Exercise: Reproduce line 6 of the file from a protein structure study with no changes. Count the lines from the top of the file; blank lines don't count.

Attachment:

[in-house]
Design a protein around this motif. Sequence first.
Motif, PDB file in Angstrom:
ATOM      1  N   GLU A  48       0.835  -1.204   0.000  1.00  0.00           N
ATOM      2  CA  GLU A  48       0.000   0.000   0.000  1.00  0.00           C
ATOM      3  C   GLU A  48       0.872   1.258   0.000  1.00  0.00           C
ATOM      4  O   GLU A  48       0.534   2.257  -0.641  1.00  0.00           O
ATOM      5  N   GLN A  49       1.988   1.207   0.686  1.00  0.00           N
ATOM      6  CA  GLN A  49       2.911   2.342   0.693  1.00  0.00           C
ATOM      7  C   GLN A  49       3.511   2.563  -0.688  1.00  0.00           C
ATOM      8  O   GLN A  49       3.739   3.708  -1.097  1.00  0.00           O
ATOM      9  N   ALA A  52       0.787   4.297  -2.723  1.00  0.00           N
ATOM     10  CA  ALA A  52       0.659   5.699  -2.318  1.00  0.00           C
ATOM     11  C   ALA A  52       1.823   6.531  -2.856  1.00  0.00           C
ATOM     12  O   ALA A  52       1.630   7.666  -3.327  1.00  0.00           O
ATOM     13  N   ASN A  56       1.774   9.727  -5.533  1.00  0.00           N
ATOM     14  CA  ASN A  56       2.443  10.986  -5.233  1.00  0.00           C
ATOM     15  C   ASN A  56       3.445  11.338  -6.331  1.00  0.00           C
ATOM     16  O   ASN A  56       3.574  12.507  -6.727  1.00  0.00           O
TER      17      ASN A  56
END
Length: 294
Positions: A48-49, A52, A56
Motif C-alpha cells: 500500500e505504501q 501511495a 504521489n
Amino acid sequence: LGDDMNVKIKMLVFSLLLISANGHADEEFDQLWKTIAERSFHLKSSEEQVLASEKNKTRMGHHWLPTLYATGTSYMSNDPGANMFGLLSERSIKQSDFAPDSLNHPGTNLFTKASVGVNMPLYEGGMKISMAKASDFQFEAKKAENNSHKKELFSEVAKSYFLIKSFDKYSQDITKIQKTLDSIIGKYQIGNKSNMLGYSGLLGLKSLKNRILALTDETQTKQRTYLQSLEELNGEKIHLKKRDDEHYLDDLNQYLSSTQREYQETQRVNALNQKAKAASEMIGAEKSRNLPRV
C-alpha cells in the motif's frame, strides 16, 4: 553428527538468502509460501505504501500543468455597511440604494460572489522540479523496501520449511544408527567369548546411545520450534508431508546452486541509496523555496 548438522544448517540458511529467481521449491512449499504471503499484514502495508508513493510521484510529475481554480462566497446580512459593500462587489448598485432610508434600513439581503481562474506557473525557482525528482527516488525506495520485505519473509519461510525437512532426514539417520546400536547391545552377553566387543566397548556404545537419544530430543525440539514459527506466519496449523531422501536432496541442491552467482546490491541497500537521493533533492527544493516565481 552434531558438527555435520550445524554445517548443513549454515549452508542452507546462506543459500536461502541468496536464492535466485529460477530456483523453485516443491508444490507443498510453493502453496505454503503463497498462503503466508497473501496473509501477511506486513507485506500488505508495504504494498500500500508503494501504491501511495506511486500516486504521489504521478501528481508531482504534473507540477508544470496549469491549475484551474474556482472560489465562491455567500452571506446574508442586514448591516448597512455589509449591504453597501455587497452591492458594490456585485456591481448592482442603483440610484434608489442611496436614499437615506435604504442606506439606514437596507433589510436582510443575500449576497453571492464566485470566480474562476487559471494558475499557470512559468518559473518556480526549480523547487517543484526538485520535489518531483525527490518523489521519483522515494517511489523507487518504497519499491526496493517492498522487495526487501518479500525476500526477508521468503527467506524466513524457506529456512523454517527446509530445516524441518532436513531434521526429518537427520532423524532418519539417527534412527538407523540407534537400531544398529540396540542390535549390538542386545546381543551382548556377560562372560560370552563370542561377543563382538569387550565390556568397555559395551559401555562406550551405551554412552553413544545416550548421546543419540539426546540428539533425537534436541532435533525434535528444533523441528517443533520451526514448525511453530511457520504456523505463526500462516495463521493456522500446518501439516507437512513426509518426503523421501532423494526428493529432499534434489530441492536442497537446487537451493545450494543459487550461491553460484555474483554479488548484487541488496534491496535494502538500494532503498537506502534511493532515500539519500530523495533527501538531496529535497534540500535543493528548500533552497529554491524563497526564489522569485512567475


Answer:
ATOM      3  C   GLU A  48       0.872   1.258   0.000  1.00  0.00           C